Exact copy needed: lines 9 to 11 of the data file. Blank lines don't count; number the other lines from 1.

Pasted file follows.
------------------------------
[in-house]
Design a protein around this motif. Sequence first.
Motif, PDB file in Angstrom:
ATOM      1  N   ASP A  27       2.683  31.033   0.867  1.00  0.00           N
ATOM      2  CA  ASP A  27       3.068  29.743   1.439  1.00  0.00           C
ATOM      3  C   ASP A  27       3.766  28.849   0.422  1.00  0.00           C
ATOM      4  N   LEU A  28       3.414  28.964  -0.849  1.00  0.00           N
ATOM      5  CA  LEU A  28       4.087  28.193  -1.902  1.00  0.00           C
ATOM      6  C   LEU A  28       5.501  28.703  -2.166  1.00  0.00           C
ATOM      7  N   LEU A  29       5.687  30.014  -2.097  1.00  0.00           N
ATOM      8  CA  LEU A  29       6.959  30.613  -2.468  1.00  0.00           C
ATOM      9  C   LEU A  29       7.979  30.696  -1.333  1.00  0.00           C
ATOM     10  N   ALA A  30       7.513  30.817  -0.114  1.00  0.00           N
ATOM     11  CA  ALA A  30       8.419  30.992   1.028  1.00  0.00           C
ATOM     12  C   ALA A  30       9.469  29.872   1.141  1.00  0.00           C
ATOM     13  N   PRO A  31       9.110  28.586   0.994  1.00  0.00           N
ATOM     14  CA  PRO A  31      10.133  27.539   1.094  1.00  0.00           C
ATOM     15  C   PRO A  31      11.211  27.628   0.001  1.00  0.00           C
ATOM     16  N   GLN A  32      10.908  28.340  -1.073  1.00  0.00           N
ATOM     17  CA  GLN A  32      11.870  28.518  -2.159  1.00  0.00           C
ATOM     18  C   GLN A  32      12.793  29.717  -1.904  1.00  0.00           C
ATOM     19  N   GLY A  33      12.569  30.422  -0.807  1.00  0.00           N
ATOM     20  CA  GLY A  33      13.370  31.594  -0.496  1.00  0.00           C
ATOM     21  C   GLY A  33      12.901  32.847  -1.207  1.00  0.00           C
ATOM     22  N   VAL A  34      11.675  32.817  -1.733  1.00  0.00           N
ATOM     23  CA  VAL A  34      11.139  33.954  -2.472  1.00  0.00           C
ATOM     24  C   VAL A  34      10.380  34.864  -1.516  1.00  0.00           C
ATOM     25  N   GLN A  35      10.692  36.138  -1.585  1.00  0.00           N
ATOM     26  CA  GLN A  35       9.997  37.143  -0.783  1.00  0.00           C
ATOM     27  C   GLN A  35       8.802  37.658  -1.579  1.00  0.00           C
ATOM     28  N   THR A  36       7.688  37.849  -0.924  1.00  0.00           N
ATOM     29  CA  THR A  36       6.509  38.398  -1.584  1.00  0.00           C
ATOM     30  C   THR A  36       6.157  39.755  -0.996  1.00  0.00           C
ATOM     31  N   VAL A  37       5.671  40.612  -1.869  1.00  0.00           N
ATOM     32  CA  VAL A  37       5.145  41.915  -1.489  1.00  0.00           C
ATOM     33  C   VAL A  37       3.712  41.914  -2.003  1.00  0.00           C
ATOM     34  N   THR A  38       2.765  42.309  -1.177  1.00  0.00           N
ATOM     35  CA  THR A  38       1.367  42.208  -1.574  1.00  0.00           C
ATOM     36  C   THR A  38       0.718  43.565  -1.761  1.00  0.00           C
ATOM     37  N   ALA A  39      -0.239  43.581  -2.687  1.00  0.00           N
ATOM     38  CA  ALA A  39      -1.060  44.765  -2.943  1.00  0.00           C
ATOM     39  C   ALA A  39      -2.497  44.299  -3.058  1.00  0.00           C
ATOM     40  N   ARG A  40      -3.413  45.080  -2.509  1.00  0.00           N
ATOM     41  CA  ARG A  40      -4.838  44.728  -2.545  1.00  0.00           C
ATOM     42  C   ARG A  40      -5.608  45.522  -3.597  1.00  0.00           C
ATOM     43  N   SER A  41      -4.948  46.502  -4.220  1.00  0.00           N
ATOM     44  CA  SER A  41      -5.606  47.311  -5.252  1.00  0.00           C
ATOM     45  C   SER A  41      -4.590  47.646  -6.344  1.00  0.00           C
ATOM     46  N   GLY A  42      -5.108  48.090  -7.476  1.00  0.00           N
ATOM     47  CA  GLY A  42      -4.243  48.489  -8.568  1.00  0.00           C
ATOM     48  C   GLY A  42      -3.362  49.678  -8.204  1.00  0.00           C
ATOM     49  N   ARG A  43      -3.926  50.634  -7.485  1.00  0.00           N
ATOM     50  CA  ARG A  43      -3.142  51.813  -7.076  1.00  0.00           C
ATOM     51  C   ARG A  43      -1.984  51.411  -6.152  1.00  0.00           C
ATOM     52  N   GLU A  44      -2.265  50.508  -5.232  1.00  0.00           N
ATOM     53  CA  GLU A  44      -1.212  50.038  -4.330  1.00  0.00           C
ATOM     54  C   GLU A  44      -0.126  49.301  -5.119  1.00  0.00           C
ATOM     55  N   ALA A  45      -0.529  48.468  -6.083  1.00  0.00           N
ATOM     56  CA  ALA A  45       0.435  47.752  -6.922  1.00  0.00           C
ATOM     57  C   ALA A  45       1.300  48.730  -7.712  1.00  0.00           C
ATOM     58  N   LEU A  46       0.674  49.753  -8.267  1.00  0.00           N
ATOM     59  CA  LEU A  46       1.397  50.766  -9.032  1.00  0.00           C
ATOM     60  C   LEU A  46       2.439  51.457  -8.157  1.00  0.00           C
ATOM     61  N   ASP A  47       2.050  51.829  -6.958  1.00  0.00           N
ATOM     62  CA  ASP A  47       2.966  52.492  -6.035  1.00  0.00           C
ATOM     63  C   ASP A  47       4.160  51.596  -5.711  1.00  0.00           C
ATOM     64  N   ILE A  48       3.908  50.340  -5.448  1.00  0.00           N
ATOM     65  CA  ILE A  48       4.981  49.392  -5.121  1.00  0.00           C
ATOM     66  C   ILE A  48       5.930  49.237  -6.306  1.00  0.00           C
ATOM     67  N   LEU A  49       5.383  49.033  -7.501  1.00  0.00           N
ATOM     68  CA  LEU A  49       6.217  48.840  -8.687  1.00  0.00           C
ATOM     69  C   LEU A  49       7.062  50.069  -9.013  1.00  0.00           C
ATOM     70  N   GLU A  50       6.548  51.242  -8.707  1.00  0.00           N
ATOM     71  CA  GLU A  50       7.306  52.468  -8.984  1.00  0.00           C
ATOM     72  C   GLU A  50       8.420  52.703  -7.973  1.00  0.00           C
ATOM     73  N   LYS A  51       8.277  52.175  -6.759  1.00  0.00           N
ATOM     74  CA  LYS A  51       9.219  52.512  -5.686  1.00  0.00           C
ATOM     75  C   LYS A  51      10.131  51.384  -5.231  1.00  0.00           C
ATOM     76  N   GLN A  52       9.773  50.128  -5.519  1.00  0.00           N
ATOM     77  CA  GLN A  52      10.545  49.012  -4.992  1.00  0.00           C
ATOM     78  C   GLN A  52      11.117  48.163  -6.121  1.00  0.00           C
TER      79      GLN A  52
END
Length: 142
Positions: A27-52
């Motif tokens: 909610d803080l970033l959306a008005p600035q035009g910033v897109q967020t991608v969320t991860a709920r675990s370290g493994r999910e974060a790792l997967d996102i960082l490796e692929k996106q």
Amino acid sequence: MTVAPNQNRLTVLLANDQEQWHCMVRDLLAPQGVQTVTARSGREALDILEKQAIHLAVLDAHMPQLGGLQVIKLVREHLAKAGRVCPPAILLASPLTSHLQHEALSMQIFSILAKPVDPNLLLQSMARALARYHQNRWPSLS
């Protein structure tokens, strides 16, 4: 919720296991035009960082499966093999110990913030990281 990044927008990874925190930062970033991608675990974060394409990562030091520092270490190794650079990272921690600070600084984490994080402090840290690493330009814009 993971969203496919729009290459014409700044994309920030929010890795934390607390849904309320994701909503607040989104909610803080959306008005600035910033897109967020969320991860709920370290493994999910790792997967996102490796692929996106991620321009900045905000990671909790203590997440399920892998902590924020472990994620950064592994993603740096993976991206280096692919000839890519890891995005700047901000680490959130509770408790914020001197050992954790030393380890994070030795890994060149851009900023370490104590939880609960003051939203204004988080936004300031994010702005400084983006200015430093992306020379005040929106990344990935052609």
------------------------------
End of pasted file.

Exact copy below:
ATOM      6  C   LEU A  28       5.501  28.703  -2.166  1.00  0.00           C
ATOM      7  N   LEU A  29       5.687  30.014  -2.097  1.00  0.00           N
ATOM      8  CA  LEU A  29       6.959  30.613  -2.468  1.00  0.00           C